" A reinforced consolidation of the American and British standards could be the basis for restoring our breed to the gladiatorial glory of its ancient past, in capability if not in usage".....Norman Howard Carp-Gordon
"I can live with doubt, or not knowing, rather than to have answers that might be wrong"...Richard Feynman
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brandig

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Reply with quote  #19 

do you think that a very straight topline is overdone and that a slightly soft topline is more natural to the dogs? i know for show the straighter the better but who made it that way and why?


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Hair? what hair? i dont see any hair!!
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steveoifer

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Reply with quote  #20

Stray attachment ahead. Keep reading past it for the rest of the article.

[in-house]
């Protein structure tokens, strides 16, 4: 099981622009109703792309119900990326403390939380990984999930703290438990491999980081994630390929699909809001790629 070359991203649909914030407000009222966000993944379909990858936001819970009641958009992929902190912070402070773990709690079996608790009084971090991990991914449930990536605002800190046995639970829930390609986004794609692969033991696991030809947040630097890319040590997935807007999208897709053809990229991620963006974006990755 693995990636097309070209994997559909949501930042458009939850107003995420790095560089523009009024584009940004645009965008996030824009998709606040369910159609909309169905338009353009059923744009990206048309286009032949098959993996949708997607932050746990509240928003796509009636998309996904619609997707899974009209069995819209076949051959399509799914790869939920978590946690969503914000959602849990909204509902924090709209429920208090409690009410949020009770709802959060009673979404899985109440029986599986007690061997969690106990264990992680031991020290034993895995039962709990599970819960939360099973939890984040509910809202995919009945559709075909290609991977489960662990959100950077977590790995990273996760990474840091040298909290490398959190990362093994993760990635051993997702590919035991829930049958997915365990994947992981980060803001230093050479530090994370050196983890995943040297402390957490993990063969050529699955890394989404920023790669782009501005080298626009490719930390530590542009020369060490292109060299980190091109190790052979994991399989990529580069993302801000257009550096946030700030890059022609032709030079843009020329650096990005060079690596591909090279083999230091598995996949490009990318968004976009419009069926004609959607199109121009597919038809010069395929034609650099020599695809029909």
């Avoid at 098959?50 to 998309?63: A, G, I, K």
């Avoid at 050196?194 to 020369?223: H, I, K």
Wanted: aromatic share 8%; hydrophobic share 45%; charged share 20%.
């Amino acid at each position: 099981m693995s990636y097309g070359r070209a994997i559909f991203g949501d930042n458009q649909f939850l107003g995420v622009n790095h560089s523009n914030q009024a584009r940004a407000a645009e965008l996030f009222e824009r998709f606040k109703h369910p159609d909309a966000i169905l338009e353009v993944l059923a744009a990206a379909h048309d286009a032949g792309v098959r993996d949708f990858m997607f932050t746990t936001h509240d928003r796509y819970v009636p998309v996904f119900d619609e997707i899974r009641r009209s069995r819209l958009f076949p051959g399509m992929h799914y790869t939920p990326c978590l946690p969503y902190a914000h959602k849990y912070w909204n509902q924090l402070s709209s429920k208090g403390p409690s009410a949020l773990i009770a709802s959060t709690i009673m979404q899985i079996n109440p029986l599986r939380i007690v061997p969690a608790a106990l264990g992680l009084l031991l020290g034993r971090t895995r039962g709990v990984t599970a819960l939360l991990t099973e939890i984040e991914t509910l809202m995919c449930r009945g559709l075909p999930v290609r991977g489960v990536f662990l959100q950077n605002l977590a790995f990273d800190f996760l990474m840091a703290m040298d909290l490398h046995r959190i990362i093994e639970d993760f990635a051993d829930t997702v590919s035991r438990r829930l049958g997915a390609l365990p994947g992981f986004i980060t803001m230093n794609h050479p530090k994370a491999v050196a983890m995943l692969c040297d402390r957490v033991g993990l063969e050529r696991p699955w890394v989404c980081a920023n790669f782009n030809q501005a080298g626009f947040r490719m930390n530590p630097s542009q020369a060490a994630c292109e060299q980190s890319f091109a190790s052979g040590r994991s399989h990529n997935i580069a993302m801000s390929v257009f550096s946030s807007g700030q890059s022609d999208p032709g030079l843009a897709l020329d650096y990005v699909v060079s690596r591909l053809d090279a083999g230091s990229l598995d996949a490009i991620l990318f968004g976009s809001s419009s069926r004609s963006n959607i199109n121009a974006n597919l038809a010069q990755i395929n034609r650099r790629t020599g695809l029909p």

Actually an arch is the strongest structure for carrying loads ( see the mammoth skeleton )

 

Compared to the cheetah skeleton which is designed for flex and speed.....

 

 

The mastiff topline is designed for the standard!...LOL


__________________
For the betterment of the breed

"Above all, a uniform type should be aimed at by breeders and uniformity of type can only exist in a proportionate ratio in the purity and distinctiveness in any breed"!.........M. Moore
"If breeds did not adhere to a specific shape, form, and colour range, or if breeders disregarded this blueprint, the breed would degenerate to the point that it would hardly resemble the breed at all. Selective breeding does not just create breeds- it preserves them as well." Breeding purebred dogs inherently means accepting limitations on your freedom to just breed anything...Catherine McMillan
" A reinforced consolidation of the American and British standards could be the basis for restoring our breed to the gladiatorial glory of its ancient past, in capability if not in usage".....Norman Howard Carp-Gordon
"I can live with doubt, or not knowing, rather than to have answers that might be wrong"...Richard Feynman
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brandig

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Reply with quote  #21 

exactly!


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Hair? what hair? i dont see any hair!!
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Cedarhollow

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Reply with quote  #22